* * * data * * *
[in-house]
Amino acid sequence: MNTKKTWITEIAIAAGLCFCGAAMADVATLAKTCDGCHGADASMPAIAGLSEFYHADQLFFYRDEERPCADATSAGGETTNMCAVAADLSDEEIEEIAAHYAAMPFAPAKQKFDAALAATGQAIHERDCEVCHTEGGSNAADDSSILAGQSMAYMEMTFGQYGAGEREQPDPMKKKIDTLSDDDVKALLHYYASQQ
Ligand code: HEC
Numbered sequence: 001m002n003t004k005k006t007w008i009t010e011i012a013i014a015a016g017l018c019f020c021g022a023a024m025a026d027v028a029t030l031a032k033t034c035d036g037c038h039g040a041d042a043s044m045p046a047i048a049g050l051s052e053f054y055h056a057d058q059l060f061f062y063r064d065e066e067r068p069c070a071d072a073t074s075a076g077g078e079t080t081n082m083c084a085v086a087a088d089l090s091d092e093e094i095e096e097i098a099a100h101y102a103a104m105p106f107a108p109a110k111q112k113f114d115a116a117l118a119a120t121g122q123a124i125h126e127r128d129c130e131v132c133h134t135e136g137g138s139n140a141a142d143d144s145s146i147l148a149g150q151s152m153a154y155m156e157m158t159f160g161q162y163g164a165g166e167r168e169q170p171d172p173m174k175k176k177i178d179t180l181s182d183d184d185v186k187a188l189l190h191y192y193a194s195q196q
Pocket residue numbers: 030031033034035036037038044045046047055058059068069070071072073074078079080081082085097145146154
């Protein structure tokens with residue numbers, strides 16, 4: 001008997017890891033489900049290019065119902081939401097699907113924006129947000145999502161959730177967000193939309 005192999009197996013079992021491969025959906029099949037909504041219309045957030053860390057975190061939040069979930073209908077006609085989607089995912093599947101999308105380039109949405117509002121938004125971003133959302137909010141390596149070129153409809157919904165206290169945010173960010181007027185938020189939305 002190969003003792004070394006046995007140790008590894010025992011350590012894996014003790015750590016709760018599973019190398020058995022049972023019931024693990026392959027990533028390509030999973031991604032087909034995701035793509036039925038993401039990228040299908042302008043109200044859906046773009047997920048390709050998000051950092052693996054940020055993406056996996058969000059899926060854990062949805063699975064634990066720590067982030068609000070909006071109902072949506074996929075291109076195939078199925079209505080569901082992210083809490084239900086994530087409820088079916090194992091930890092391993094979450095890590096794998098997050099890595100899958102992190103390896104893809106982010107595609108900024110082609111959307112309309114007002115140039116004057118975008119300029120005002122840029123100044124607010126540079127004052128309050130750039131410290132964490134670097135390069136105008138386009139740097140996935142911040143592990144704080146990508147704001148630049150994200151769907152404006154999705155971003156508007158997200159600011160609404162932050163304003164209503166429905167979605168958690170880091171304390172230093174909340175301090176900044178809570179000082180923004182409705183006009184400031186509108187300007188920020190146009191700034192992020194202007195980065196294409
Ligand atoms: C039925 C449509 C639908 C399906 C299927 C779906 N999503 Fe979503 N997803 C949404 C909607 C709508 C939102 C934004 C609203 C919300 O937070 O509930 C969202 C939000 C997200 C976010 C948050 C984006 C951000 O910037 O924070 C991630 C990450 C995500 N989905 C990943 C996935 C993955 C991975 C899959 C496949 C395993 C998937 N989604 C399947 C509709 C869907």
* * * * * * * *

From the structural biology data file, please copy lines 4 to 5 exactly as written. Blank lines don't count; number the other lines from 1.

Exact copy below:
Numbered sequence: 001m002n003t004k005k006t007w008i009t010e011i012a013i014a015a016g017l018c019f020c021g022a023a024m025a026d027v028a029t030l031a032k033t034c035d036g037c038h039g040a041d042a043s044m045p046a047i048a049g050l051s052e053f054y055h056a057d058q059l060f061f062y063r064d065e066e067r068p069c070a071d072a073t074s075a076g077g078e079t080t081n082m083c084a085v086a087a088d089l090s091d092e093e094i095e096e097i098a099a100h101y102a103a104m105p106f107a108p109a110k111q112k113f114d115a116a117l118a119a120t121g122q123a124i125h126e127r128d129c130e131v132c133h134t135e136g137g138s139n140a141a142d143d144s145s146i147l148a149g150q151s152m153a154y155m156e157m158t159f160g161q162y163g164a165g166e167r168e169q170p171d172p173m174k175k176k177i178d179t180l181s182d183d184d185v186k187a188l189l190h191y192y193a194s195q196q
Pocket residue numbers: 030031033034035036037038044045046047055058059068069070071072073074078079080081082085097145146154